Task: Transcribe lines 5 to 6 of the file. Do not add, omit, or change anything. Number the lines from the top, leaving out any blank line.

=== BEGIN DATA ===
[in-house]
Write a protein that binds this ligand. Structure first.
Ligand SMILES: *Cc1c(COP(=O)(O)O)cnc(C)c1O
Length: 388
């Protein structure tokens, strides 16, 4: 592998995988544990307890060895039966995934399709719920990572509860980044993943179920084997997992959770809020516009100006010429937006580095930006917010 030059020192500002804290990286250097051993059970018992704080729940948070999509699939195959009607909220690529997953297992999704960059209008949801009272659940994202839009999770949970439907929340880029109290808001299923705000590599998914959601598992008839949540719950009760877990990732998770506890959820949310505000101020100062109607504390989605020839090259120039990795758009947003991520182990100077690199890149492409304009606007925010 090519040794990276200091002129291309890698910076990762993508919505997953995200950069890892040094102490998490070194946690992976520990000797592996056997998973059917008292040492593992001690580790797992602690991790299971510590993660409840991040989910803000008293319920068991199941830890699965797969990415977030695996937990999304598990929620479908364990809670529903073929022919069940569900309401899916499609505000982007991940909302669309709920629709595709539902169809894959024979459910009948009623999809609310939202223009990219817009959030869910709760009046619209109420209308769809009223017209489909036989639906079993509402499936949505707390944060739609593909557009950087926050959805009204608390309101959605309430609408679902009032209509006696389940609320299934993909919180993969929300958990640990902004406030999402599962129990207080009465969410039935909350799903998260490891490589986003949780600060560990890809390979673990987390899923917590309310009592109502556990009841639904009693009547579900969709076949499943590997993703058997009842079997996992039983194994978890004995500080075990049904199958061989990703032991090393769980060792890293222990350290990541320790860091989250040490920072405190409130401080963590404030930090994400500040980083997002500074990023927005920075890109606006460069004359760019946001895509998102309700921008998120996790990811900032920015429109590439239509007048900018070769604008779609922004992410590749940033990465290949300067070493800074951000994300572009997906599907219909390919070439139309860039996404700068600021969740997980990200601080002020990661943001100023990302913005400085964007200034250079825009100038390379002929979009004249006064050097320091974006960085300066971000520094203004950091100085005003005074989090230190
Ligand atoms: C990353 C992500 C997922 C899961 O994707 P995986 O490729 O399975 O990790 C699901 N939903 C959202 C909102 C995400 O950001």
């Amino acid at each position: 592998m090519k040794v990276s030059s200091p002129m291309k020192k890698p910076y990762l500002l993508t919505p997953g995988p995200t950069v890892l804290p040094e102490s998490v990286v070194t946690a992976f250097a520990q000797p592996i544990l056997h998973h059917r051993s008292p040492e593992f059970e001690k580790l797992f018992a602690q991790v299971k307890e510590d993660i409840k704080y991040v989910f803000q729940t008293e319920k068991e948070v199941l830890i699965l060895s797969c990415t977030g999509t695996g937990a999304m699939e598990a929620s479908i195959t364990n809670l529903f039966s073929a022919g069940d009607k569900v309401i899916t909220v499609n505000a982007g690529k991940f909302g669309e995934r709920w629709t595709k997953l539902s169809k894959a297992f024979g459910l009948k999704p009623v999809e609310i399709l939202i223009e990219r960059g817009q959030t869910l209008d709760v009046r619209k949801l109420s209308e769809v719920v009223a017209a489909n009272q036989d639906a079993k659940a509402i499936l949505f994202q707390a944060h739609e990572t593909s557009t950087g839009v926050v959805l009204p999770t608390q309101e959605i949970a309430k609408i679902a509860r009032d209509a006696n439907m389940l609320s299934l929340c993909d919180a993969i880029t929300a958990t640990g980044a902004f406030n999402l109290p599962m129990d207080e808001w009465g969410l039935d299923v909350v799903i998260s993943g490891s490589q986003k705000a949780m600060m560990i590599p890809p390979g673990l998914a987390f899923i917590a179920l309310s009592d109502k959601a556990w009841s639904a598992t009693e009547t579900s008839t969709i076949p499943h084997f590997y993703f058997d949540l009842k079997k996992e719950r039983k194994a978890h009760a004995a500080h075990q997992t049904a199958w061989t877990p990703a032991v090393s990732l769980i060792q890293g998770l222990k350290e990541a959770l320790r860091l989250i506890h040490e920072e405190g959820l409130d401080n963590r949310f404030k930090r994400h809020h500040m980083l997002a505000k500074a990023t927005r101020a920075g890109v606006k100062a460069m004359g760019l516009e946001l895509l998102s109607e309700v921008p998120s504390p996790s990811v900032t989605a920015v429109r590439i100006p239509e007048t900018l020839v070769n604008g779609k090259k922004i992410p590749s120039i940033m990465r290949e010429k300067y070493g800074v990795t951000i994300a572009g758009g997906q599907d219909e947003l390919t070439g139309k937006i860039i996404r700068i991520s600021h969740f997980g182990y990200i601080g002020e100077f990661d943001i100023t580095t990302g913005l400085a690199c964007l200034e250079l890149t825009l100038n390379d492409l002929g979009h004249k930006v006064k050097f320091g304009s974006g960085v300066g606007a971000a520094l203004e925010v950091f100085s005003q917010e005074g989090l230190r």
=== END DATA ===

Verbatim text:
């Protein structure tokens, strides 16, 4: 592998995988544990307890060895039966995934399709719920990572509860980044993943179920084997997992959770809020516009100006010429937006580095930006917010 030059020192500002804290990286250097051993059970018992704080729940948070999509699939195959009607909220690529997953297992999704960059209008949801009272659940994202839009999770949970439907929340880029109290808001299923705000590599998914959601598992008839949540719950009760877990990732998770506890959820949310505000101020100062109607504390989605020839090259120039990795758009947003991520182990100077690199890149492409304009606007925010 090519040794990276200091002129291309890698910076990762993508919505997953995200950069890892040094102490998490070194946690992976520990000797592996056997998973059917008292040492593992001690580790797992602690991790299971510590993660409840991040989910803000008293319920068991199941830890699965797969990415977030695996937990999304598990929620479908364990809670529903073929022919069940569900309401899916499609505000982007991940909302669309709920629709595709539902169809894959024979459910009948009623999809609310939202223009990219817009959030869910709760009046619209109420209308769809009223017209489909036989639906079993509402499936949505707390944060739609593909557009950087926050959805009204608390309101959605309430609408679902009032209509006696389940609320299934993909919180993969929300958990640990902004406030999402599962129990207080009465969410039935909350799903998260490891490589986003949780600060560990890809390979673990987390899923917590309310009592109502556990009841639904009693009547579900969709076949499943590997993703058997009842079997996992039983194994978890004995500080075990049904199958061989990703032991090393769980060792890293222990350290990541320790860091989250040490920072405190409130401080963590404030930090994400500040980083997002500074990023927005920075890109606006460069004359760019946001895509998102309700921008998120996790990811900032920015429109590439239509007048900018070769604008779609922004992410590749940033990465290949300067070493800074951000994300572009997906599907219909390919070439139309860039996404700068600021969740997980990200601080002020990661943001100023990302913005400085964007200034250079825009100038390379002929979009004249006064050097320091974006960085300066971000520094203004950091100085005003005074989090230190
Ligand atoms: C990353 C992500 C997922 C899961 O994707 P995986 O490729 O399975 O990790 C699901 N939903 C959202 C909102 C995400 O950001």